‘Feasible, effective options’ to reduce emissions and adapt remain, but it means fundamental transformation
By the Climate Centre
The IPCC’s summary of its now-complete sixth assessment of the global climate was published today after a week-long session in Interlaken, Switzerland: it says that while “multiple, feasible and effective options” to reduce emissions and adapt to climate change remain, current plans are not sufficient to tackle the crisis.
Accelerated action to adapt to climate change is essential this decade to close the gap between existing adaptation and what is needed, a press release from the IPCC said; keeping warming to 1.5°C above pre-industrial levels requires “deep, rapid and sustained greenhouse gas emissions reductions in all sectors.
“Emissions should be decreasing by now, and will need to be cut by almost half by 2030 if warming is to be limited to 1.5°C.”
IPCC Chair Hoesung Lee said: “Mainstreaming effective and equitable climate action will not only reduce losses and damages for nature and people, it will also provide wider benefits.
“This Synthesis Report underscores the urgency of taking more ambitious action and shows that, if we act now, we can still secure a liveable sustainable future for all.”
‘Everything, everywhere, all at once’
on climate action
In a video message also released today, UN Secretary-General António Guterres described the report as a “how-to guide to defuse the climate time-bomb.”
Climate action is needed on all fronts: “everything, everywhere, all at once,” he declared – a reference to this year’s Best Film Academy Award winner.
The Climate Centre’s Erin Coughlan de Perez, a Lead Author of the IPCC Working Group II report on impacts, said today: “This report is a stark reminder of what we, the IFRC, as the world’s largest humanitarian network have been witnessing and warning of for years: climate change is driving humanitarian crises and human suffering around the world.“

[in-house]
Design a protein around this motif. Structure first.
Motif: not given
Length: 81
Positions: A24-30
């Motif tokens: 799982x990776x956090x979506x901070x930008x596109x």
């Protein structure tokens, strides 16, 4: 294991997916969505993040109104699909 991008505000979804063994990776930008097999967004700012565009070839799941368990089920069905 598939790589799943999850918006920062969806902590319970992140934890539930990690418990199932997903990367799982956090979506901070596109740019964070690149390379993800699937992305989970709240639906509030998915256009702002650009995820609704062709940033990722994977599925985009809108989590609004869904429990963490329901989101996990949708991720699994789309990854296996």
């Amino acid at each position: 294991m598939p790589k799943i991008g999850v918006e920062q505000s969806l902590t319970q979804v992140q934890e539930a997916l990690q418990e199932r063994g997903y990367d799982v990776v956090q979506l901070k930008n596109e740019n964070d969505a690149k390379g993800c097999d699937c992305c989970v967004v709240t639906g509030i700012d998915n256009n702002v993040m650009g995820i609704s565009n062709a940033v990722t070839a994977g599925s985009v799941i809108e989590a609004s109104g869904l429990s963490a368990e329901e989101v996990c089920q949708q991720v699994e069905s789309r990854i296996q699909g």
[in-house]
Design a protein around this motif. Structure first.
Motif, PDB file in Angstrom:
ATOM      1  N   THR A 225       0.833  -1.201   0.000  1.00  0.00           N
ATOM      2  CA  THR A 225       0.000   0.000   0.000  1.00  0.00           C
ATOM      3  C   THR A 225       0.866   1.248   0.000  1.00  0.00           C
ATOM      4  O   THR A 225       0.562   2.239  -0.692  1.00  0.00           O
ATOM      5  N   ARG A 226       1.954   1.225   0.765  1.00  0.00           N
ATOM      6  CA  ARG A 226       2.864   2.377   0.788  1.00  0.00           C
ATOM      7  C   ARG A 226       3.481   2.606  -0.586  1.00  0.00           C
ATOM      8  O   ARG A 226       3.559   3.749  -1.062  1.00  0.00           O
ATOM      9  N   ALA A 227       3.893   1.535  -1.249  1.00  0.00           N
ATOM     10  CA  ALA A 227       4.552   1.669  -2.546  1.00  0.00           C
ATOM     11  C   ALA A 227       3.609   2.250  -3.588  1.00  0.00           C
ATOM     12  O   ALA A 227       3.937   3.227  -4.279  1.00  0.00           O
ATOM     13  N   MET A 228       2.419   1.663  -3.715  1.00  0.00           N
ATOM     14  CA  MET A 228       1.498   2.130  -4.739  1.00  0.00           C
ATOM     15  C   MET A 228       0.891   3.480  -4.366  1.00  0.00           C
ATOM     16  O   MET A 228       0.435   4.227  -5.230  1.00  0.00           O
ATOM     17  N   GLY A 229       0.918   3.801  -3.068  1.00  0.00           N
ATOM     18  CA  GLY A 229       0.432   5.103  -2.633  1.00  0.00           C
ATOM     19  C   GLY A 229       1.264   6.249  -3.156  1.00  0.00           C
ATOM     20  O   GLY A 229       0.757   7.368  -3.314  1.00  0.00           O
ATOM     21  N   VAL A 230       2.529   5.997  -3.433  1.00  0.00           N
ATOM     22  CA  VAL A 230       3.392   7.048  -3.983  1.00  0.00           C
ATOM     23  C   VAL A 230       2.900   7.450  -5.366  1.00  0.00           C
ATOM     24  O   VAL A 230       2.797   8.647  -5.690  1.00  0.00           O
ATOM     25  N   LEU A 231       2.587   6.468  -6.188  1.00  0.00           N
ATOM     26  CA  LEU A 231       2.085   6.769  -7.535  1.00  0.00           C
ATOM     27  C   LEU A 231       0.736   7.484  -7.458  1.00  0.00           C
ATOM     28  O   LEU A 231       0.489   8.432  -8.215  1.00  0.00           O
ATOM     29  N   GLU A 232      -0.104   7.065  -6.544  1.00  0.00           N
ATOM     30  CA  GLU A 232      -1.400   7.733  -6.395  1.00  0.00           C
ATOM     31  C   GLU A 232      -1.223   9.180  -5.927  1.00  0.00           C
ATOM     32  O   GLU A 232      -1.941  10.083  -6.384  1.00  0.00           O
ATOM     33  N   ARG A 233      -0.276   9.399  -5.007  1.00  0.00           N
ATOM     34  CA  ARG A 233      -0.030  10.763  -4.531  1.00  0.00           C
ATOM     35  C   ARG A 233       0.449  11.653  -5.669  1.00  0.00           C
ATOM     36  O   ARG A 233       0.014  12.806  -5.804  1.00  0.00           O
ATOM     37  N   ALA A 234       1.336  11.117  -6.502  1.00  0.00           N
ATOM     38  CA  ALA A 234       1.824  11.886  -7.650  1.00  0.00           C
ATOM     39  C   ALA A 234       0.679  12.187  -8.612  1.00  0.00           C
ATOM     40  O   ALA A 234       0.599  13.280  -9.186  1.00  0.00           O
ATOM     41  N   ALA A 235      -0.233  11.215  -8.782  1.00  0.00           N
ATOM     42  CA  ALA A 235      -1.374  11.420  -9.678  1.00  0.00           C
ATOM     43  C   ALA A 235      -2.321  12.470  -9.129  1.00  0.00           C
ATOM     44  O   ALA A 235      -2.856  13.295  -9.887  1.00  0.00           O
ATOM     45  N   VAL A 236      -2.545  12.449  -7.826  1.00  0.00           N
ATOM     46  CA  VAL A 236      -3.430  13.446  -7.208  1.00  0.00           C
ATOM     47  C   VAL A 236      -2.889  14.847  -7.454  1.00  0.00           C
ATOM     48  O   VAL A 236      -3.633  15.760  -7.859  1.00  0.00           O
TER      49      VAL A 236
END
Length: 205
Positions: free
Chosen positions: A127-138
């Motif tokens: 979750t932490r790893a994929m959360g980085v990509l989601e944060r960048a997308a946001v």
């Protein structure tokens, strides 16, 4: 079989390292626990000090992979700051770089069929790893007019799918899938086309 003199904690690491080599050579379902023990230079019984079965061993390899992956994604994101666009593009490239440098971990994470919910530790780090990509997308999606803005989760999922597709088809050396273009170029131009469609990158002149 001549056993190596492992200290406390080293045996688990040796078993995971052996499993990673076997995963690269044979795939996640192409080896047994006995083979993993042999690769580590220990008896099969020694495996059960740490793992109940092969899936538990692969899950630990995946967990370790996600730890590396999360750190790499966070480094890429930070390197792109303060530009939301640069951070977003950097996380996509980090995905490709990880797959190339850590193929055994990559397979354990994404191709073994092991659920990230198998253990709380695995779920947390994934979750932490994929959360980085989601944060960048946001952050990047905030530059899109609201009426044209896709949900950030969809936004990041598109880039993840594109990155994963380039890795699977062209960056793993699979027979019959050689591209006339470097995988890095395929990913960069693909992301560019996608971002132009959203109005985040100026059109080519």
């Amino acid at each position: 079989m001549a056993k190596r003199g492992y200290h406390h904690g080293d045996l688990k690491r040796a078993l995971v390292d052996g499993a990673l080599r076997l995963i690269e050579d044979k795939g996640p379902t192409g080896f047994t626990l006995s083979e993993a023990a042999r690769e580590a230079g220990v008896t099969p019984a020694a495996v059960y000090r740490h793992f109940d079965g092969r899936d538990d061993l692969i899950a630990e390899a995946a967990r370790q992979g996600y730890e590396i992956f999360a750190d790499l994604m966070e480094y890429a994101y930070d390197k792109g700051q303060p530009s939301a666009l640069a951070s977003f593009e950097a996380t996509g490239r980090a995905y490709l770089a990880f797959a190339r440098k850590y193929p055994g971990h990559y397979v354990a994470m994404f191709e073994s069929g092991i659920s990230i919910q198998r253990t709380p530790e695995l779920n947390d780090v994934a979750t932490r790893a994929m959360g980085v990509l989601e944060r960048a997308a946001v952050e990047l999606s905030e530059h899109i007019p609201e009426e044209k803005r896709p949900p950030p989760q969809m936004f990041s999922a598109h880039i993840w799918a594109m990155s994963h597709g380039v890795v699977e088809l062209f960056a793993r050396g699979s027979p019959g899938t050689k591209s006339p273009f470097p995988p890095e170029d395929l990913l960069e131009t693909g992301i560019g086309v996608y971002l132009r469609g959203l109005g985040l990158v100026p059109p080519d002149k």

The WMO tweeted today that all climate indicators are moving in the wrong direction: greenhouse gas, ocean warming and acidification, melting glaciers, rising sea-levels, floods and drought.
Coughlan de Perez added: “What is interesting about this report is that we usually talk about different parts of the climate crisis separately – reducing emissions, adapting to save lives, or responding to loss and damage.
“This report acknowledges that we need to do everything at once, and it gives a road map for how we can achieve this. That road map is not a simple one, where we just make a few minor changes and keep going with the status quo. Instead, it is a call to transformation – fundamentally altering society to achieve climate-resilient development.”
The IPCC said today that resilient development involves integrating adaptation with actions to reduce or avoid greenhouse gas emissions in ways that provide wider benefits: access to clean energy and technologies improves health, especially for women and children, for example, as well as low-carbon electrification, walking, cycling and public transport.
The economic benefits for people’s health from air quality improvements alone would be roughly the same, or possibly even larger than the costs of reducing or avoiding emissions, the Synthesis Report argues.
But it adds: “Climate resilient development becomes progressively more challenging with every increment of warming.
“This is why the choices made in the next few years will play a critical role in deciding our future and that of generations to come.
The IPCC calls for clear signals from governments to investors and through public funding, while “[p]olitical commitment, coordinated policies, international cooperation, ecosystem stewardship and inclusive governance are all important for effective and equitable climate action.
“If technology, know-how and suitable policy measures are shared, and adequate finance is made available now, every community can reduce or avoid carbon-intensive consumption.
“At the same time, with significant investment in adaptation, we can avert rising risks, especially for vulnerable groups and regions.”